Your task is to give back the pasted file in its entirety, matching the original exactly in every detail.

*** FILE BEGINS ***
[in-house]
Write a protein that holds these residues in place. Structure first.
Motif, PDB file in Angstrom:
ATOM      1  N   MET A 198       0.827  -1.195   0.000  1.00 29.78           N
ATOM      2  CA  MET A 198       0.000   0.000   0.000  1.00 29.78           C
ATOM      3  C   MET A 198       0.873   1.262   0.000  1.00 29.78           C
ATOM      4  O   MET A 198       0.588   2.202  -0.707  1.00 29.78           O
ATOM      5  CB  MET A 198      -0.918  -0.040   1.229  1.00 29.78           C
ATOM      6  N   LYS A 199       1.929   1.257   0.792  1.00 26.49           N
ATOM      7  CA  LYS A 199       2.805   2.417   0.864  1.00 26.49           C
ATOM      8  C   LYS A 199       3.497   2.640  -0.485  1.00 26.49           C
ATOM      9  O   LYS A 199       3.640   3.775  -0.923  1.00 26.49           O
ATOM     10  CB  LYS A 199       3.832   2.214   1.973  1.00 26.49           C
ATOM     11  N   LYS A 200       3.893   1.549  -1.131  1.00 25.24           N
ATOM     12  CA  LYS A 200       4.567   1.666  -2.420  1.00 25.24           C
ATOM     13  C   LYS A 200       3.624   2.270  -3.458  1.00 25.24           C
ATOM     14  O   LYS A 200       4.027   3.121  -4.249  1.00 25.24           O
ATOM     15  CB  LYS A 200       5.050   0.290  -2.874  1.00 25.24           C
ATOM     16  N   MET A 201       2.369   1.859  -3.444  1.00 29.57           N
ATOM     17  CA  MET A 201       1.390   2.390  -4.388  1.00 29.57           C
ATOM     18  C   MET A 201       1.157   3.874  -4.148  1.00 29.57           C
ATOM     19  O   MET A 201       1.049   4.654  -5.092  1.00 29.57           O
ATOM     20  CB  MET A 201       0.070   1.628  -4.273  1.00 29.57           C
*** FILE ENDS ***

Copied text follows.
[in-house]
Write a protein that holds these residues in place. Structure first.
Motif, PDB file in Angstrom:
ATOM      1  N   MET A 198       0.827  -1.195   0.000  1.00 29.78           N
ATOM      2  CA  MET A 198       0.000   0.000   0.000  1.00 29.78           C
ATOM      3  C   MET A 198       0.873   1.262   0.000  1.00 29.78           C
ATOM      4  O   MET A 198       0.588   2.202  -0.707  1.00 29.78           O
ATOM      5  CB  MET A 198      -0.918  -0.040   1.229  1.00 29.78           C
ATOM      6  N   LYS A 199       1.929   1.257   0.792  1.00 26.49           N
ATOM      7  CA  LYS A 199       2.805   2.417   0.864  1.00 26.49           C
ATOM      8  C   LYS A 199       3.497   2.640  -0.485  1.00 26.49           C
ATOM      9  O   LYS A 199       3.640   3.775  -0.923  1.00 26.49           O
ATOM     10  CB  LYS A 199       3.832   2.214   1.973  1.00 26.49           C
ATOM     11  N   LYS A 200       3.893   1.549  -1.131  1.00 25.24           N
ATOM     12  CA  LYS A 200       4.567   1.666  -2.420  1.00 25.24           C
ATOM     13  C   LYS A 200       3.624   2.270  -3.458  1.00 25.24           C
ATOM     14  O   LYS A 200       4.027   3.121  -4.249  1.00 25.24           O
ATOM     15  CB  LYS A 200       5.050   0.290  -2.874  1.00 25.24           C
ATOM     16  N   MET A 201       2.369   1.859  -3.444  1.00 29.57           N
ATOM     17  CA  MET A 201       1.390   2.390  -4.388  1.00 29.57           C
ATOM     18  C   MET A 201       1.157   3.874  -4.148  1.00 29.57           C
ATOM     19  O   MET A 201       1.049   4.654  -5.092  1.00 29.57           O
ATOM     20  CB  MET A 201       0.070   1.628  -4.273  1.00 29.57           C